4. Highly Fault Tolerant

Cassandra employs many mechanisms for fault tolerance. Since Cassandra is masterless, there is no single point of failure. There is also the potential for zero downtime rolling upgrades. This is because Cassandra can support the temporary loss of multiple nodes (depending on cluster size) with negligible impact to the overall performance of the cluster.

The safety net that Cassandra offers extends outside of your datacenter, as well. Cassandra allows you to replicate your data to other data centers and keep multiple copies in multiple locations. This helps satisfy many regulatory requirements in addition to being a part of a strong disaster recovery and business continuity plan.

5. Proven Success Across Enterprise Apps and in Many Use Cases 

There are already many examples where Cassandra is being used effectively. Banks and other financial institutions are storing large quantities of financial data in Cassandra. Analytics companies are using Cassandra to store web analytics data. Medical companies are using Cassandra to store sensor data and other time series inputs. There are also many companies making use of Cassandra for storing IoT data.

6. Ease of Administration

Cassandra is a straightforward system to administer. With Cassandra being a masterless system, all nodes in the ring are the same; a homogenous system. It’s fault-tolerant and can support the temporary loss of nodes with minimal impact on production performance. This means that nodes are easy to replace and the requirement to replace downed nodes immediately isn’t as strict.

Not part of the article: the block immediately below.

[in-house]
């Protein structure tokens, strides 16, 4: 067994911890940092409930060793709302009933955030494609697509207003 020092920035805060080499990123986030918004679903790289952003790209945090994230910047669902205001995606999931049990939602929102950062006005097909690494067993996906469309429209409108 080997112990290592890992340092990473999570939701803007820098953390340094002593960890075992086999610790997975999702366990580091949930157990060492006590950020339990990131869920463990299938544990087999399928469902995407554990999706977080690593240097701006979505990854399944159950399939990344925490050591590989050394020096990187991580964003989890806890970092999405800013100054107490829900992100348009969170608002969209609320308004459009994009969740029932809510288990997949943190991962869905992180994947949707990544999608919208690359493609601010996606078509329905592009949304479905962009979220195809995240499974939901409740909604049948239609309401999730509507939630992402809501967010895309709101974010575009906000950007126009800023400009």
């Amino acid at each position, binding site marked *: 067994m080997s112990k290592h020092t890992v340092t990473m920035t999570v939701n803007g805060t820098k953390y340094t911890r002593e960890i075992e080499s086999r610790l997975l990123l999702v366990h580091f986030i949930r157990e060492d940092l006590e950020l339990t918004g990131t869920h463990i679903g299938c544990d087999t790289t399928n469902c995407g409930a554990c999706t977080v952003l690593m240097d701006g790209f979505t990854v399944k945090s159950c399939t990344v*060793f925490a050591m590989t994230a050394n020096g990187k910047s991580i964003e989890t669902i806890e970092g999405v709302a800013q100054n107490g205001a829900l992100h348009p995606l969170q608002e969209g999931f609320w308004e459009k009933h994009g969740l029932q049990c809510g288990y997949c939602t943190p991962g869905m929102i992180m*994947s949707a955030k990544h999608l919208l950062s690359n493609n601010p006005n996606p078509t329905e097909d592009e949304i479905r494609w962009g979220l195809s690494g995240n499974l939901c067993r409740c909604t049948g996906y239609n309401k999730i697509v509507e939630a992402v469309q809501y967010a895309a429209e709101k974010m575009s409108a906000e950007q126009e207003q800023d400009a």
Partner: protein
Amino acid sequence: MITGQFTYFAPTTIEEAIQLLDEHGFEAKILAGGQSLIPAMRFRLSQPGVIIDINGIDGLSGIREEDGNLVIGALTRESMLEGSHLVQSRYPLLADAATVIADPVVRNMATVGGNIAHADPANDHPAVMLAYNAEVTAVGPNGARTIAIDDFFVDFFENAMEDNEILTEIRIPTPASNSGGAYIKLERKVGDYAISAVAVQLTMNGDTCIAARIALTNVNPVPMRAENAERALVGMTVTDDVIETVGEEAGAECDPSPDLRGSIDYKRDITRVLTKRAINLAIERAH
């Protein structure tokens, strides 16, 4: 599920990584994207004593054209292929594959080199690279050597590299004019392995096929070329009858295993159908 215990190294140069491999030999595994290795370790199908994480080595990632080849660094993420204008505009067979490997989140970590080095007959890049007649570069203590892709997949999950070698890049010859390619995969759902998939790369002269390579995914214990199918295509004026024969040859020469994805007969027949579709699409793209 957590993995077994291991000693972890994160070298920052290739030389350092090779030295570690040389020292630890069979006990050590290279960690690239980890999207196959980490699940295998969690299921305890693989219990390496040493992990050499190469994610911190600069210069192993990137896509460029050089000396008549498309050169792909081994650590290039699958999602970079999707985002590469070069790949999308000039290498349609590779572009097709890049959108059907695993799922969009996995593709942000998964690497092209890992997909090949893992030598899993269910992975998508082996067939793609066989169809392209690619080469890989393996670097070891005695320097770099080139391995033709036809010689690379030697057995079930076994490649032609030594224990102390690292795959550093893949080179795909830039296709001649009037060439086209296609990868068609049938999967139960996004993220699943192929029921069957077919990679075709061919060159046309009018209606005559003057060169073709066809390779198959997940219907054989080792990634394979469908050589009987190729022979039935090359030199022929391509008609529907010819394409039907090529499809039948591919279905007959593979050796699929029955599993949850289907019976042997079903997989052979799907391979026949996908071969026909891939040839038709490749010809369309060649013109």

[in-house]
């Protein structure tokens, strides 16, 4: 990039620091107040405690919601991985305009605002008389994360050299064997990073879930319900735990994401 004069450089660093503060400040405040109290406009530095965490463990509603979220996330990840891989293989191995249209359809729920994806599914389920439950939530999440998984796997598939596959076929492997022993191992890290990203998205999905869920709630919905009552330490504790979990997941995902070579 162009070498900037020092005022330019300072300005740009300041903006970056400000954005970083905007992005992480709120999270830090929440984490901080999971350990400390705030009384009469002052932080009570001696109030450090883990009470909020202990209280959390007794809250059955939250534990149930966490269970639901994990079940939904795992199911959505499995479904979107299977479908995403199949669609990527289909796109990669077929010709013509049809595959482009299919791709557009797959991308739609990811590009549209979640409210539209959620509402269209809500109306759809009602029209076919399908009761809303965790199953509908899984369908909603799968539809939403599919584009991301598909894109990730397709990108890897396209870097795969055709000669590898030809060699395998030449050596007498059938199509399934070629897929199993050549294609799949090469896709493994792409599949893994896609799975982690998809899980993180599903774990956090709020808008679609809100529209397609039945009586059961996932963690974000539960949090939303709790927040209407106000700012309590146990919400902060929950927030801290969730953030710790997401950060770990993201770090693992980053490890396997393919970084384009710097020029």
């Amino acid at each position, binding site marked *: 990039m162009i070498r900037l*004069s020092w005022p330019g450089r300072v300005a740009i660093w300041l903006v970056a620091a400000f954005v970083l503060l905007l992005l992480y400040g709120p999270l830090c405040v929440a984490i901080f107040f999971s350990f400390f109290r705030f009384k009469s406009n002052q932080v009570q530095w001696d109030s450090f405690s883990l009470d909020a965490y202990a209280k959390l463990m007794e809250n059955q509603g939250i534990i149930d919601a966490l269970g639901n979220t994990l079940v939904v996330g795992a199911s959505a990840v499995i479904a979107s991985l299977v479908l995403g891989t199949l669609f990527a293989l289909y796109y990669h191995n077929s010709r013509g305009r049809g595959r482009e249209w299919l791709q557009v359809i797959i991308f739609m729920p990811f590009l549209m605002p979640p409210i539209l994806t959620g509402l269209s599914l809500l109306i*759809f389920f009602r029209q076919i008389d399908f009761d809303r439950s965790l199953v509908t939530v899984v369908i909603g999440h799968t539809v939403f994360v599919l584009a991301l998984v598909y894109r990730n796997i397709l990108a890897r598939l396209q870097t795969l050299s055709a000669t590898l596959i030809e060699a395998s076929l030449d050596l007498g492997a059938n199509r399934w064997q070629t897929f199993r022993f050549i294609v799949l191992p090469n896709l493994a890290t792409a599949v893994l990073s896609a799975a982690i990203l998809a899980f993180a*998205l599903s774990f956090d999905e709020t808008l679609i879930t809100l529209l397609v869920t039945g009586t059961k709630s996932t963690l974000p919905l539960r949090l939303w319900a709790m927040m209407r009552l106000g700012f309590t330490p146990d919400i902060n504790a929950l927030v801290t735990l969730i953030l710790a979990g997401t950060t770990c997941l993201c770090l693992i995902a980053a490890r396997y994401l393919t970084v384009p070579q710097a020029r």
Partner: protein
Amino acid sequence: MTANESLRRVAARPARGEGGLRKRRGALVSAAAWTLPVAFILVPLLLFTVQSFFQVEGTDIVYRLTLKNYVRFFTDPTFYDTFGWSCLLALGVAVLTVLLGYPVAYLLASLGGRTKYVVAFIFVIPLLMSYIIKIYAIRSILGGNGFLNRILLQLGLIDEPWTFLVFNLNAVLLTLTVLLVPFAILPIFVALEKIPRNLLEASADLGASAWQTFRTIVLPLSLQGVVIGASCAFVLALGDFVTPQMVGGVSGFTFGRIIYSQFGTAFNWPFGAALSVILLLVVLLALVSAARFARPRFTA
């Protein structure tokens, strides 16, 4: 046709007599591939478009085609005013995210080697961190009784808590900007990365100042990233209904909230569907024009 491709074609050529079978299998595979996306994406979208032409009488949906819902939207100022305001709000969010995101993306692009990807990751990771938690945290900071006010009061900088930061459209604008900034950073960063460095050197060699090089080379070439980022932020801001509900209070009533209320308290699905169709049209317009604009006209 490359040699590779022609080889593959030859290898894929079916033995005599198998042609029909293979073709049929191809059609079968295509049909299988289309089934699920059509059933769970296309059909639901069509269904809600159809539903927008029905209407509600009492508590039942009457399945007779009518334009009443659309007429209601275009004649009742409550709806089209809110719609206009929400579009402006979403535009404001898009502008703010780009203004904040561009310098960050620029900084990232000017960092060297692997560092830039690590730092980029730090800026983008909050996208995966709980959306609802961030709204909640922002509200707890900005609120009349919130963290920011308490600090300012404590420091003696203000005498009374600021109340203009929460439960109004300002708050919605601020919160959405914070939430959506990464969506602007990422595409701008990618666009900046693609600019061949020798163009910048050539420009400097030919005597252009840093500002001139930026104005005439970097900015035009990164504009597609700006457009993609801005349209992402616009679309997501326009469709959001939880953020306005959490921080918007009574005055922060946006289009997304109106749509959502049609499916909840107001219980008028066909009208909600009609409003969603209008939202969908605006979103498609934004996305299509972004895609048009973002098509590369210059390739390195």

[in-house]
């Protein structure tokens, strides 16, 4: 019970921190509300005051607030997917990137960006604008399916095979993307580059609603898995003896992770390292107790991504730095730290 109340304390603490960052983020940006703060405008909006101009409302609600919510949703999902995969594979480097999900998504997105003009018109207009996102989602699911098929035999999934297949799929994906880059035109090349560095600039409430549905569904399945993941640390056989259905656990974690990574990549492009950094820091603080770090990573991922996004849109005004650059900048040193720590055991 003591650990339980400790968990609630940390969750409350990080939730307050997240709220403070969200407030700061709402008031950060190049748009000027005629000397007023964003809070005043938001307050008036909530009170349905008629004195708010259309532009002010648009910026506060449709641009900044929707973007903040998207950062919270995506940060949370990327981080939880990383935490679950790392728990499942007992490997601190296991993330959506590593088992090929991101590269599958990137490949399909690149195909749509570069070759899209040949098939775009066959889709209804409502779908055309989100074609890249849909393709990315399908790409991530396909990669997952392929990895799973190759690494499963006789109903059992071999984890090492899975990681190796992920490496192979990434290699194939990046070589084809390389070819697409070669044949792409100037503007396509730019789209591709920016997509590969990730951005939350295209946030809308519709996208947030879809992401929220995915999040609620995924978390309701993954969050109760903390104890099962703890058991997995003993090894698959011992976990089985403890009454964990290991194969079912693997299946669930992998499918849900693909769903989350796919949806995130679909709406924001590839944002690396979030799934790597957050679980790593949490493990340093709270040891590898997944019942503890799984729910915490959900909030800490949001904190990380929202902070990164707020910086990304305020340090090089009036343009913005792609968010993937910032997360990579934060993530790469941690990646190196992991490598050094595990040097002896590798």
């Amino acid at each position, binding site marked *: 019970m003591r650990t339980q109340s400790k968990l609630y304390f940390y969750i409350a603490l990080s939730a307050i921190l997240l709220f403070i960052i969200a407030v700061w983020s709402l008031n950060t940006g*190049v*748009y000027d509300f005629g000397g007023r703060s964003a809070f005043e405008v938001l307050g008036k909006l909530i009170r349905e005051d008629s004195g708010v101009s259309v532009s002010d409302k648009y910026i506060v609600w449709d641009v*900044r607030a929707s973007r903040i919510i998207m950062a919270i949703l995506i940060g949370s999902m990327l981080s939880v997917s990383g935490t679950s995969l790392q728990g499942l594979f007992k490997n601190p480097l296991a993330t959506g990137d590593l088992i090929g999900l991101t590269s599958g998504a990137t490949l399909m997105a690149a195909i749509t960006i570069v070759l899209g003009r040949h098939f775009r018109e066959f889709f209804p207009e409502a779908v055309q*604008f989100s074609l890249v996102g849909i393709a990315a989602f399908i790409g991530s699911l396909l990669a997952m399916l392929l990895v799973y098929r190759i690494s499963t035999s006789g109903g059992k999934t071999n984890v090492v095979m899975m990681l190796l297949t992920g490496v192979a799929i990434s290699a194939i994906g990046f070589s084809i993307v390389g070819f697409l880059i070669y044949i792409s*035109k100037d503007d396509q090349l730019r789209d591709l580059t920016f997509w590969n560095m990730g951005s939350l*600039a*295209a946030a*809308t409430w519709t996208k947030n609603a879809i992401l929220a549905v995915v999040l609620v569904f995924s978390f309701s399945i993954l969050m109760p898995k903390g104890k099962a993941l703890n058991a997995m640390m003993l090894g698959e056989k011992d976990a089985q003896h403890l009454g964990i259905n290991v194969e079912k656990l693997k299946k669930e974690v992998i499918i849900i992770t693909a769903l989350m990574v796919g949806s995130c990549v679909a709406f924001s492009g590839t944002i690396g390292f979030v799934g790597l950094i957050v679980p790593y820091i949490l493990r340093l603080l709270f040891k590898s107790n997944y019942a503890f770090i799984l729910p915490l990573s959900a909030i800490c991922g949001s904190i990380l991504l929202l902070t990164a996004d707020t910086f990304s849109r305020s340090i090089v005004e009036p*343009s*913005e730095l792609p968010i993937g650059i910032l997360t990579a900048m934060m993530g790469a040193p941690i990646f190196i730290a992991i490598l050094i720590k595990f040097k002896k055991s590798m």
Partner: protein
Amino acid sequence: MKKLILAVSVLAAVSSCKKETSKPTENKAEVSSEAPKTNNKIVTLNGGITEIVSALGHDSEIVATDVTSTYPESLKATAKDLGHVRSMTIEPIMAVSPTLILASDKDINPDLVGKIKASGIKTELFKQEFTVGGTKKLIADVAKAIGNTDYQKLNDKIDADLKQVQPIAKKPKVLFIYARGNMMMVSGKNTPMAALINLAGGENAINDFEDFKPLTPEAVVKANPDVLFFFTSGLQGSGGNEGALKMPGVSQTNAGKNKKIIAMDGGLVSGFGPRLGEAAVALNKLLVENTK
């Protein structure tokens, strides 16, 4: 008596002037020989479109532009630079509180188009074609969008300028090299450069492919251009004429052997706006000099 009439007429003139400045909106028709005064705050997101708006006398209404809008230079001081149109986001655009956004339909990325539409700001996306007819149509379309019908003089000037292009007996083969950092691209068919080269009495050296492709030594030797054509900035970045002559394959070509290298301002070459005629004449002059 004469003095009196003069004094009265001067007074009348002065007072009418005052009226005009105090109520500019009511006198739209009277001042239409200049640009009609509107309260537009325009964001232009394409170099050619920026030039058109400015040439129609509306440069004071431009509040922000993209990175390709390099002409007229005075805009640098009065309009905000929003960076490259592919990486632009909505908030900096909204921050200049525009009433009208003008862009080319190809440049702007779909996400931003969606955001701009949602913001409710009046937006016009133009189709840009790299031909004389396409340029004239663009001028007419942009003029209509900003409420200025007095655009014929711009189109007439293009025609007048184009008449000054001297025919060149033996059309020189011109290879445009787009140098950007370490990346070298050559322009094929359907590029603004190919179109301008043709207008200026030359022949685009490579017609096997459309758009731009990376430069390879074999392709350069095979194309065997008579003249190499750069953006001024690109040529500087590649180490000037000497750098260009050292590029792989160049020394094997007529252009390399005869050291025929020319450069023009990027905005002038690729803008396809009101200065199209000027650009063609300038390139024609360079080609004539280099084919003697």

7. Custom Tuning

There are a lot of knobs and levers that can be turned to get Cassandra to perform optimally for your workload and environment. You can set up Cassandra to operate in a way that is consistent with your workload. For example, if you write lots of log data and read infrequently, then there are configuration tweaks to be made for write-heavy systems. If you write heavily to one data center and then do all your reading from another data center, then you can adjust the settings on a data-center-by-data-center basis. This idea of tuning isn’t just available at the Cassandra application level; you can also tune the JVM and Java settings. This includes things like GC and logging levels. Changes can even be made by the drivers at connection time to aid in the performance of your system.

8. Easy-to-Integrate Core Applications

A lot of work has been done on data manipulation and parsing systems to integrate with Cassandra. For instance, the full-text search engine Apache Solr has been packaged to work with Cassandra to provide full-featured search capabilities to an existing Cassandra database. Apache Spark, a Big Data analytics engine, also has been plugged into work on existing a Cassandra database. There are entire suites of tools that can be integrated or bolted on to Cassandra to increase its capabilities. These include things like Apache Mahout, Kafka, and Zipkin just to name a few. This is important because the more tools you have available to you, the more powerful your data becomes. You also have the ability to gain more insight into your data without having to build and maintain the application systems that were previously required.